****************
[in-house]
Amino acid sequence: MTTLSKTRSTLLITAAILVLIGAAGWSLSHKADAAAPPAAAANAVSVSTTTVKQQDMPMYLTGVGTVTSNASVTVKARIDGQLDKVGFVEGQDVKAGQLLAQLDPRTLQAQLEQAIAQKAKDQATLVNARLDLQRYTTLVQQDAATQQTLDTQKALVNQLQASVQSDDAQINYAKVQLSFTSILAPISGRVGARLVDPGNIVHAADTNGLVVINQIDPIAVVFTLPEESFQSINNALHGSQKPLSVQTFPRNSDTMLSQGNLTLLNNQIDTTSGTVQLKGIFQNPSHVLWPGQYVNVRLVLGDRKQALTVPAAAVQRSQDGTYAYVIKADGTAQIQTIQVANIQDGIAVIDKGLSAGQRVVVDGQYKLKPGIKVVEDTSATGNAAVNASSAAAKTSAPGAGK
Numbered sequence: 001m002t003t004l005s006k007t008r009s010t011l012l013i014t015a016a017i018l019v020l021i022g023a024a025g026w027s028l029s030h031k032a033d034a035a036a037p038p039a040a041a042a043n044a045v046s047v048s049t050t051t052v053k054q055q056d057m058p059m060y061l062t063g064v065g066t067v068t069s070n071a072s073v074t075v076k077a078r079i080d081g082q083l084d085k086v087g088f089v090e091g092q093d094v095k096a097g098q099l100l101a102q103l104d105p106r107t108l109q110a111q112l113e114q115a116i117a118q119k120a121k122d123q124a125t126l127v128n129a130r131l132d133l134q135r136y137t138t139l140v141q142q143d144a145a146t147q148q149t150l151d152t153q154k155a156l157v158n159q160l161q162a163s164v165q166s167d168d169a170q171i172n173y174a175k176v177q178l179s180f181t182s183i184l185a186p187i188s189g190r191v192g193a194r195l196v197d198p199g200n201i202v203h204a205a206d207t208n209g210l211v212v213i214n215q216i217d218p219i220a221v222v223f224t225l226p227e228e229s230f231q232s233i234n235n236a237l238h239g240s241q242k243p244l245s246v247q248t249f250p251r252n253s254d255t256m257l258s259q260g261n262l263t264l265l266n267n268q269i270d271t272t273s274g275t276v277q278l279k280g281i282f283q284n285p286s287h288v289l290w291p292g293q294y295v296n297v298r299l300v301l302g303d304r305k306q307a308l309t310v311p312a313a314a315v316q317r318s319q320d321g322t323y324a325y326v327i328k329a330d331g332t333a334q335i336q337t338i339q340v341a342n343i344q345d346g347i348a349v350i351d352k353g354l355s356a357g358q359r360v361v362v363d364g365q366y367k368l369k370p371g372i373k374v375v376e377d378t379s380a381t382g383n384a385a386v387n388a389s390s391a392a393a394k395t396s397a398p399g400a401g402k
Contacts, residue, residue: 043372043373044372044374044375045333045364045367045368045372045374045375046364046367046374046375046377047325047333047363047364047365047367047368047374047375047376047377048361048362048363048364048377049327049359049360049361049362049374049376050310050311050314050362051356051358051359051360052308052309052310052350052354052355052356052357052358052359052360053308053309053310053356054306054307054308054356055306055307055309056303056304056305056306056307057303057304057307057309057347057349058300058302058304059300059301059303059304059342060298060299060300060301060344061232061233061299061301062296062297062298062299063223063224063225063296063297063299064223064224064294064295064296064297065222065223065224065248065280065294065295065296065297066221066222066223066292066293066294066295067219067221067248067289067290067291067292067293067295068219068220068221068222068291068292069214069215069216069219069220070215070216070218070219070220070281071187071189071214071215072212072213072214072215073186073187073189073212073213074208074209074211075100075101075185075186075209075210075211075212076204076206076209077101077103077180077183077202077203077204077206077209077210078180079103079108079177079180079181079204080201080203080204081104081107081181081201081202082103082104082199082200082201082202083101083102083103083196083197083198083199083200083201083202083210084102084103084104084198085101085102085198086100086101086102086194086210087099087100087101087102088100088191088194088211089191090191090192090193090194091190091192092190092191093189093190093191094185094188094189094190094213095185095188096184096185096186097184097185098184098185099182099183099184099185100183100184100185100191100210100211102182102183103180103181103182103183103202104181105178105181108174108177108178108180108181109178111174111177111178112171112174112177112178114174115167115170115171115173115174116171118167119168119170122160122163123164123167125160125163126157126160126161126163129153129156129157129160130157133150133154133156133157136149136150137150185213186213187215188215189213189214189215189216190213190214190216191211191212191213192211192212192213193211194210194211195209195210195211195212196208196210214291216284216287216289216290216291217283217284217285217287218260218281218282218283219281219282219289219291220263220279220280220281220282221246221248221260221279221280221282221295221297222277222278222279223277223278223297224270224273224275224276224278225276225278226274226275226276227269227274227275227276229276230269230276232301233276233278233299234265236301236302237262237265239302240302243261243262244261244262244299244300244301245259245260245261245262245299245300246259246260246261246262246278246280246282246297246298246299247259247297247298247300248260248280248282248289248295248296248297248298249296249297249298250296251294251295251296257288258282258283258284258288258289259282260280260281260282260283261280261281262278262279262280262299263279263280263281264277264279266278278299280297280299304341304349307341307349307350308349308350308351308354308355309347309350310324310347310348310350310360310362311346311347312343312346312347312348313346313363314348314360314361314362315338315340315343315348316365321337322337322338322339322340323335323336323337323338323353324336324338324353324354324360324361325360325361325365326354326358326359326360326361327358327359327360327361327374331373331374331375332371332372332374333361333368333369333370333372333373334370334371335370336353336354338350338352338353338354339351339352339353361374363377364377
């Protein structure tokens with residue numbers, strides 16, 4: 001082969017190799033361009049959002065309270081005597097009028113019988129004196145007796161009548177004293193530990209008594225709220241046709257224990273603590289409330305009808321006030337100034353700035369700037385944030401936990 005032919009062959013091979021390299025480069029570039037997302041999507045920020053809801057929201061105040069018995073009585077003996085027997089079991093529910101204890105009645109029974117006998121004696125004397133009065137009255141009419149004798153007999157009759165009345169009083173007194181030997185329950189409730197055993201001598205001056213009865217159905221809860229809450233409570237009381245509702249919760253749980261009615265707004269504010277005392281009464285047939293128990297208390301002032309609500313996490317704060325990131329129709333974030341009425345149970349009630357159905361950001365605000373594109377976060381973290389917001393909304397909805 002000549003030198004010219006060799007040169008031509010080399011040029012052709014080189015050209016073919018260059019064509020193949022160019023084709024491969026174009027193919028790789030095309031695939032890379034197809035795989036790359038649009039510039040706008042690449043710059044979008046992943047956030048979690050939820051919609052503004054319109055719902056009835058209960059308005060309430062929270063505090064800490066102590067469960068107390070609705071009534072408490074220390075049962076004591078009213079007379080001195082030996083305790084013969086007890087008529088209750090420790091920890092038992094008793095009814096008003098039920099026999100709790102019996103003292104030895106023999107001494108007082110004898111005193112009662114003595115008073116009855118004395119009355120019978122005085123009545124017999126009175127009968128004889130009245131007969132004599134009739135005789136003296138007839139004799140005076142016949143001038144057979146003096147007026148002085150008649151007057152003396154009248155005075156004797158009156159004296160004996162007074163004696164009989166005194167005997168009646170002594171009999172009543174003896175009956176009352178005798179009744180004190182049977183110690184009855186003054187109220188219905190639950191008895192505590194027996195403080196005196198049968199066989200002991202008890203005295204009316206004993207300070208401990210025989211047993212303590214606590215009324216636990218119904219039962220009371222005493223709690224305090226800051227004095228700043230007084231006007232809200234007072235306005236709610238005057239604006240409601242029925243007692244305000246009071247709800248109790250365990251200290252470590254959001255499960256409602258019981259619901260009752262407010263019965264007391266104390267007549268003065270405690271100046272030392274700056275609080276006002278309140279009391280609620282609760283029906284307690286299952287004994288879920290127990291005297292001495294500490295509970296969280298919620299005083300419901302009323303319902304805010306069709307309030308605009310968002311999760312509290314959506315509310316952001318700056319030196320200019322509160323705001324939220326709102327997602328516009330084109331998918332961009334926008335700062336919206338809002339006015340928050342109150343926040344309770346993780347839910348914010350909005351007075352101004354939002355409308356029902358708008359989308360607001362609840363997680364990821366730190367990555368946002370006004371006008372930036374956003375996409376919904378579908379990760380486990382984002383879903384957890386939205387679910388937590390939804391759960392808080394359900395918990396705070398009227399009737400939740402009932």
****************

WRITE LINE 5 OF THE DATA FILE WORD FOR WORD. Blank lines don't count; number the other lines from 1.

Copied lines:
């Protein structure tokens with residue numbers, strides 16, 4: 001082969017190799033361009049959002065309270081005597097009028113019988129004196145007796161009548177004293193530990209008594225709220241046709257224990273603590289409330305009808321006030337100034353700035369700037385944030401936990 005032919009062959013091979021390299025480069029570039037997302041999507045920020053809801057929201061105040069018995073009585077003996085027997089079991093529910101204890105009645109029974117006998121004696125004397133009065137009255141009419149004798153007999157009759165009345169009083173007194181030997185329950189409730197055993201001598205001056213009865217159905221809860229809450233409570237009381245509702249919760253749980261009615265707004269504010277005392281009464285047939293128990297208390301002032309609500313996490317704060325990131329129709333974030341009425345149970349009630357159905361950001365605000373594109377976060381973290389917001393909304397909805 002000549003030198004010219006060799007040169008031509010080399011040029012052709014080189015050209016073919018260059019064509020193949022160019023084709024491969026174009027193919028790789030095309031695939032890379034197809035795989036790359038649009039510039040706008042690449043710059044979008046992943047956030048979690050939820051919609052503004054319109055719902056009835058209960059308005060309430062929270063505090064800490066102590067469960068107390070609705071009534072408490074220390075049962076004591078009213079007379080001195082030996083305790084013969086007890087008529088209750090420790091920890092038992094008793095009814096008003098039920099026999100709790102019996103003292104030895106023999107001494108007082110004898111005193112009662114003595115008073116009855118004395119009355120019978122005085123009545124017999126009175127009968128004889130009245131007969132004599134009739135005789136003296138007839139004799140005076142016949143001038144057979146003096147007026148002085150008649151007057152003396154009248155005075156004797158009156159004296160004996162007074163004696164009989166005194167005997168009646170002594171009999172009543174003896175009956176009352178005798179009744180004190182049977183110690184009855186003054187109220188219905190639950191008895192505590194027996195403080196005196198049968199066989200002991202008890203005295204009316206004993207300070208401990210025989211047993212303590214606590215009324216636990218119904219039962220009371222005493223709690224305090226800051227004095228700043230007084231006007232809200234007072235306005236709610238005057239604006240409601242029925243007692244305000246009071247709800248109790250365990251200290252470590254959001255499960256409602258019981259619901260009752262407010263019965264007391266104390267007549268003065270405690271100046272030392274700056275609080276006002278309140279009391280609620282609760283029906284307690286299952287004994288879920290127990291005297292001495294500490295509970296969280298919620299005083300419901302009323303319902304805010306069709307309030308605009310968002311999760312509290314959506315509310316952001318700056319030196320200019322509160323705001324939220326709102327997602328516009330084109331998918332961009334926008335700062336919206338809002339006015340928050342109150343926040344309770346993780347839910348914010350909005351007075352101004354939002355409308356029902358708008359989308360607001362609840363997680364990821366730190367990555368946002370006004371006008372930036374956003375996409376919904378579908379990760380486990382984002383879903384957890386939205387679910388937590390939804391759960392808080394359900395918990396705070398009227399009737400939740402009932």